$2 million will help restart a program offering hundreds of loans to residents, businesses, while an estimated 45,000 or more systems fail each year.
|Originally published by Oregon Capital Chronicle. For more coverage related to Oregon state government, politics and policy, visit the Oregon Capital Chronicle website.|
The invisible price of a failing home septic system is a foul smell.
The very visible mark is ground softening atop the underground sewage tank resulting in leaks into waterways and repair and replacement costs that can range from $25,000 to $65,000. That’s a cost typically borne by the home or business owner.
A loan program from the state Department of Environmental Quality (DEQ) and the nonprofit lender Craft3 is getting new funding to help. They’ve received $2 million from the Oregon Legislature to dole out to people who need help paying for the fixes, starting this month.
This will restart a program started in 2016 and that ran out of money last year.
But the problem of aging and ailing septic systems in Oregon touches far more people than there is loan money enough to help.
There are an estimated 450,000 septic systems in use in the state, according to DEQ and the Environmental Protection Agency (EPA). Ten to 20% of septic systems, often serving homes that can’t connect to a local sewer system, fail each year, according to the EPA.
That means an additional 45,000 to 90,000 septic systems are added each year to the inventory of failing systems. There is no formal count for the total number of systems that have failed in Oregon.
Between 2016 and 2020, DEQ and Craft3 issued loans to repair just over 180 septic systems. Many were in rural and coastal parts of the state.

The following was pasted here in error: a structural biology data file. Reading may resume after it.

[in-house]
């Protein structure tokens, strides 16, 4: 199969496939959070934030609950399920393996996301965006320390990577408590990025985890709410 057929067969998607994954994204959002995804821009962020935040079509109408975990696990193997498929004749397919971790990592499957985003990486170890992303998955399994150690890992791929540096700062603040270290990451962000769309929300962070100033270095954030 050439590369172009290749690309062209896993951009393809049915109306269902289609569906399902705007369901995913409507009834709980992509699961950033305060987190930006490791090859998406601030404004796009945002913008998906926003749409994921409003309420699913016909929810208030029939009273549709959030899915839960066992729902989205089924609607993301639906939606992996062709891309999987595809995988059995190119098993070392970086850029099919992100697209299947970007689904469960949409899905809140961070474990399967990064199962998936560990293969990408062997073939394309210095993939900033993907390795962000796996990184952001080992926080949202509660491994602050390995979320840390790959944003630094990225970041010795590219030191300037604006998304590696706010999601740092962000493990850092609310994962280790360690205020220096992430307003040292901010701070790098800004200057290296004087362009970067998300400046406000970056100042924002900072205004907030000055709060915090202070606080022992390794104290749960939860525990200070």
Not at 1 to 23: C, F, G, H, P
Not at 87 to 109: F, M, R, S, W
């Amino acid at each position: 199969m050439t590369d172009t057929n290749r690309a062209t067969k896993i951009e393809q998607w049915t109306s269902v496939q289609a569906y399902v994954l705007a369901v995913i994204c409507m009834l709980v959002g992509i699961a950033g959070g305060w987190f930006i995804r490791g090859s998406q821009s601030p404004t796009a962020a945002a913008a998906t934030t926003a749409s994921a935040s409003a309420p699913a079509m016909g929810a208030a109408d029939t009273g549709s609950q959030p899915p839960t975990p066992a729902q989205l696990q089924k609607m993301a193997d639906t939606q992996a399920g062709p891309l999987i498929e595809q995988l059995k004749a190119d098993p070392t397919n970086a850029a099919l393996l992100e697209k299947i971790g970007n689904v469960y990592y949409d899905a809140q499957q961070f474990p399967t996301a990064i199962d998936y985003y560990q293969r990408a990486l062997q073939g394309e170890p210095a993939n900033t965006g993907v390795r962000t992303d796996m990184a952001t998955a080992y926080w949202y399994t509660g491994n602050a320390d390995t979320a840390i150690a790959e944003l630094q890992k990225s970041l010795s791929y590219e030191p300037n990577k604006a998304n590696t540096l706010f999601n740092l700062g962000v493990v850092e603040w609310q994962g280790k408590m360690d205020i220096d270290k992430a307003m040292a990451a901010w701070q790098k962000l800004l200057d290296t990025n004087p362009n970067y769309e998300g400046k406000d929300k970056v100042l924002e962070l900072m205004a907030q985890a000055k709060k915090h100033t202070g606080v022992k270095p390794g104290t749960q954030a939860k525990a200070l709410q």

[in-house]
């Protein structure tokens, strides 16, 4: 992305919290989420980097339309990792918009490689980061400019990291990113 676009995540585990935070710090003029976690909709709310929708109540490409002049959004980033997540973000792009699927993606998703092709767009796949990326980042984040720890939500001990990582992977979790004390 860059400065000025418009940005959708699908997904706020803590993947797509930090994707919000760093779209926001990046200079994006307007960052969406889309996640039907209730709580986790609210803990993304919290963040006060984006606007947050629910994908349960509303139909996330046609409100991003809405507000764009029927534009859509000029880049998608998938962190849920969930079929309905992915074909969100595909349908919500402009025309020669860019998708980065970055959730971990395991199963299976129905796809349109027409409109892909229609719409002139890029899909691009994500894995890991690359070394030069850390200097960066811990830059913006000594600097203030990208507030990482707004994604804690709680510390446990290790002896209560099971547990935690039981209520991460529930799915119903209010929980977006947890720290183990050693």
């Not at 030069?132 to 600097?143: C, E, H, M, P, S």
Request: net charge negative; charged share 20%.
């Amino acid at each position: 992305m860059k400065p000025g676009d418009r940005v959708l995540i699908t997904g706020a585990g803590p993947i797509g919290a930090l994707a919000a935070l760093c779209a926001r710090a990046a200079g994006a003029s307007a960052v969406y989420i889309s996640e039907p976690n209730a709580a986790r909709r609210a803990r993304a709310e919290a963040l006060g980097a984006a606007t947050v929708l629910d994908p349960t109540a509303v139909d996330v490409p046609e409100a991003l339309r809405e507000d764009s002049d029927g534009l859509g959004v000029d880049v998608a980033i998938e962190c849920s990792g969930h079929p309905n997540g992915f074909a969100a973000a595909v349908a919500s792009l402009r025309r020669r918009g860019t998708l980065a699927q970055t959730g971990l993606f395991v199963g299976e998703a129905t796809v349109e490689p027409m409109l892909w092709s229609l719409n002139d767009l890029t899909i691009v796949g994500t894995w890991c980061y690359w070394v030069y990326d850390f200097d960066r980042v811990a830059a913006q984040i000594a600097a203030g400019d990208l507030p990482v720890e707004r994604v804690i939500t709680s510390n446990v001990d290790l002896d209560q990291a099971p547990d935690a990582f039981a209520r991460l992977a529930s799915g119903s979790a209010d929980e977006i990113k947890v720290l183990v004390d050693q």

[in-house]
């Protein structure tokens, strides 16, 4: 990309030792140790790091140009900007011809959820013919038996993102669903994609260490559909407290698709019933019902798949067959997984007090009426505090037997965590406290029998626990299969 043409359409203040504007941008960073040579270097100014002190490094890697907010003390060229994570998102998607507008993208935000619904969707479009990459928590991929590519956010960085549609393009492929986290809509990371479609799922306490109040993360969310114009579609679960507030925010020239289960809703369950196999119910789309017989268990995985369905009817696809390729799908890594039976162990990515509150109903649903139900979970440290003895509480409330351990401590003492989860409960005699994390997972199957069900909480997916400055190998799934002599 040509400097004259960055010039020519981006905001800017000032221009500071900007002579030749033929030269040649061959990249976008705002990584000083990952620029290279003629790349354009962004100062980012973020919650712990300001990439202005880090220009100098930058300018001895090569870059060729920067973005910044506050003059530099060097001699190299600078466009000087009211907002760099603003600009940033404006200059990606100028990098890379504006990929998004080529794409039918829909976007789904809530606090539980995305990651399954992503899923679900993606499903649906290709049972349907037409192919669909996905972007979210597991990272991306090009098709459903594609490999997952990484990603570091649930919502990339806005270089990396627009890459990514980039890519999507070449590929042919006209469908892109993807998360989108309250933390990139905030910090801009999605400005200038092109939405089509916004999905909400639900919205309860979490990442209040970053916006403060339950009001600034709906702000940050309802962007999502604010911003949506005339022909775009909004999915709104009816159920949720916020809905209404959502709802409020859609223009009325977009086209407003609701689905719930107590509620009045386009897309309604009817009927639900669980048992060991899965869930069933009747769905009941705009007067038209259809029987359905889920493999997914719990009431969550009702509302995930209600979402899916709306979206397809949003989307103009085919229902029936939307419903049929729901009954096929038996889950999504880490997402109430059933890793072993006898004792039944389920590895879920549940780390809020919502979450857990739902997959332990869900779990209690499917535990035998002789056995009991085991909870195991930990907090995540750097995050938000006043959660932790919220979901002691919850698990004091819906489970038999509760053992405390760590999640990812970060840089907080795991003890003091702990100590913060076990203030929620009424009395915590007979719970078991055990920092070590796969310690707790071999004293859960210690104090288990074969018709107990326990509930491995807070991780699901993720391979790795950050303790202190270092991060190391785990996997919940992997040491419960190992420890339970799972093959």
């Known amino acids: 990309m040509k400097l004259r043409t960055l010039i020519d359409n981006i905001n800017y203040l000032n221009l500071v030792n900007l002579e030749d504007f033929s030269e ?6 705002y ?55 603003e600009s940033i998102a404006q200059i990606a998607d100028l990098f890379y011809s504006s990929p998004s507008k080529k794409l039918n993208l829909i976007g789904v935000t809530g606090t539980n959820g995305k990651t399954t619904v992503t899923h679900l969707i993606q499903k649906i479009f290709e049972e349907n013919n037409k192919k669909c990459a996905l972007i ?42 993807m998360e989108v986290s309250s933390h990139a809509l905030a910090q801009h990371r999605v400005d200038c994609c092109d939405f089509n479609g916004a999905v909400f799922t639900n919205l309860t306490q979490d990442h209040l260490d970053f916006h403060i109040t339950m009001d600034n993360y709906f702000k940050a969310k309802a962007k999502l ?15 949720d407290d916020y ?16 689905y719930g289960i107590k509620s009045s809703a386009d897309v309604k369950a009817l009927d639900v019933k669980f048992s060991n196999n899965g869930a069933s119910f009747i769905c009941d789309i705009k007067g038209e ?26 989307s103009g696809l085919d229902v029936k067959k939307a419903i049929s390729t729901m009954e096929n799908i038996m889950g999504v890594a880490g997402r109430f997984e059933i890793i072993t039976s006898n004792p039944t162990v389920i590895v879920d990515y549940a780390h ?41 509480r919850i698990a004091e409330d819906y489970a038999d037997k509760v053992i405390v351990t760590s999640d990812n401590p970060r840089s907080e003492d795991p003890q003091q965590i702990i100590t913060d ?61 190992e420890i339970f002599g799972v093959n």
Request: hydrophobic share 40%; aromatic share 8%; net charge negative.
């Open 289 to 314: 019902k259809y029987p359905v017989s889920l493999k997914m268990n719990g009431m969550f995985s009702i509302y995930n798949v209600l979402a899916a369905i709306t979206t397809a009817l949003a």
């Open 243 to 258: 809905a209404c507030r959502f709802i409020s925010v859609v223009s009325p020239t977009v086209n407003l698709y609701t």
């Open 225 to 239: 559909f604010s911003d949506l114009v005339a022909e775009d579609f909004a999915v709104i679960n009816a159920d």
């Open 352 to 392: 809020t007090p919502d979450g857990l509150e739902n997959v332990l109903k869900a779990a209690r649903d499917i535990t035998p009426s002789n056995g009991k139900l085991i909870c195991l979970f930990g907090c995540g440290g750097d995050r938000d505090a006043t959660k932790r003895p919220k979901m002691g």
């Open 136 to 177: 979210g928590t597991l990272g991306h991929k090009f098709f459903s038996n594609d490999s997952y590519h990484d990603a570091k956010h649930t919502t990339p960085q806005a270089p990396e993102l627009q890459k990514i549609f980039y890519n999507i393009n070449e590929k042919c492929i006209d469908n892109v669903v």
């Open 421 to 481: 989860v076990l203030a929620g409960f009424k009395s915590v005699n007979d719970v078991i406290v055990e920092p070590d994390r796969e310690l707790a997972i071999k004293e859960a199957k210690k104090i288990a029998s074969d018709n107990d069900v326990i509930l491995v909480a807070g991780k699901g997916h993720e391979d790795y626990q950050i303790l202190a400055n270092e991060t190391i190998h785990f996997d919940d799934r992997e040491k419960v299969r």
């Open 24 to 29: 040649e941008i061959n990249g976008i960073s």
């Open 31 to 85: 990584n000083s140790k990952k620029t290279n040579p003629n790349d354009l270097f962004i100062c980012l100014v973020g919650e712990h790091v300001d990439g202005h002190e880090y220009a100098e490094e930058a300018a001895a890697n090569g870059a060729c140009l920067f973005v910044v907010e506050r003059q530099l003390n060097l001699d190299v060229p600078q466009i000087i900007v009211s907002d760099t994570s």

Deb Mailander, statewide onsite programs manager for DEQ wrote in an email, “There are few water quality issues more close to home than wastewater treatment. For those in rural areas, functioning septic systems are critical to protecting public health and waters of the state.”
About one-third of households in Oregon rely on septic systems to carry waste from their kitchens and bathrooms to underground tanks, according to the DEQ. There, it can be stored and bacteria can break down most of it. Many of these systems today are 50 or more years old, and need extensive upgrades or replacement.
Some have been impacted by wildfires. Extreme heat can melt the plastic now being used in the leach lines, where water is released into the earth from the tanks after waste has been decomposed, according to Karen Lewotsky, water program director at the Oregon Environmental Council.
Lewotsky said the loan program is “an investment warranted not just from a rural equity point of view but from a public health point of view writ large.”
Leaks from broken septic systems can cause fecal matter, E. coli and nitrate pollution to get into waterways and coastal habitats, affecting drinking water that makes animal and humans sick.
The loan program between DEQ and Craft3 initially launched in 2016 and ran for four years before running out of money. In that time, DEQ and Craft3 provided more than $3.6 million for 187 loans. That’s about 47 new or improved septic systems a year.
“In a perfect world, banks would give people home equity loans for these,” said Adam Zimmerman, Craft3 CEO in Portland.
But not everyone will qualify for this round of financingMany of the loans Craft3 issues go to people who would otherwise not receive one from a conventional bank because of bad or no credit.
“There’s not a profitable way to make loans like this,” Zimmerman said.
One-third of household recipients of the Craft3 loans between 2016 and 2020 were low income, the rest were people making 80% or less of an area’s median income. The loans are available to homeowners, RV parks and small businesses.
To be eligible for the loans, a septic system must be at least 25 years old. It must be failing and the home or business owner must be under orders to fix it by local health officials.
The average loan given out between 2016 and 2020 was about $20,000. All of the loans also include a $2,000 reserve to help cover future maintenance.
The lowest income applicants get priority, according to Zimmerman, and some of the recipients will never have to make payments. For some who need to fix the septic system as a condition of selling their homes, they can make the loan due on a title transfer to new owners.
In a fact sheet on the septic loan program, DEQ wrote that failing septic systems, and the sewage that surfaces because of them, are the most common source of complaints they get about water quality from the public.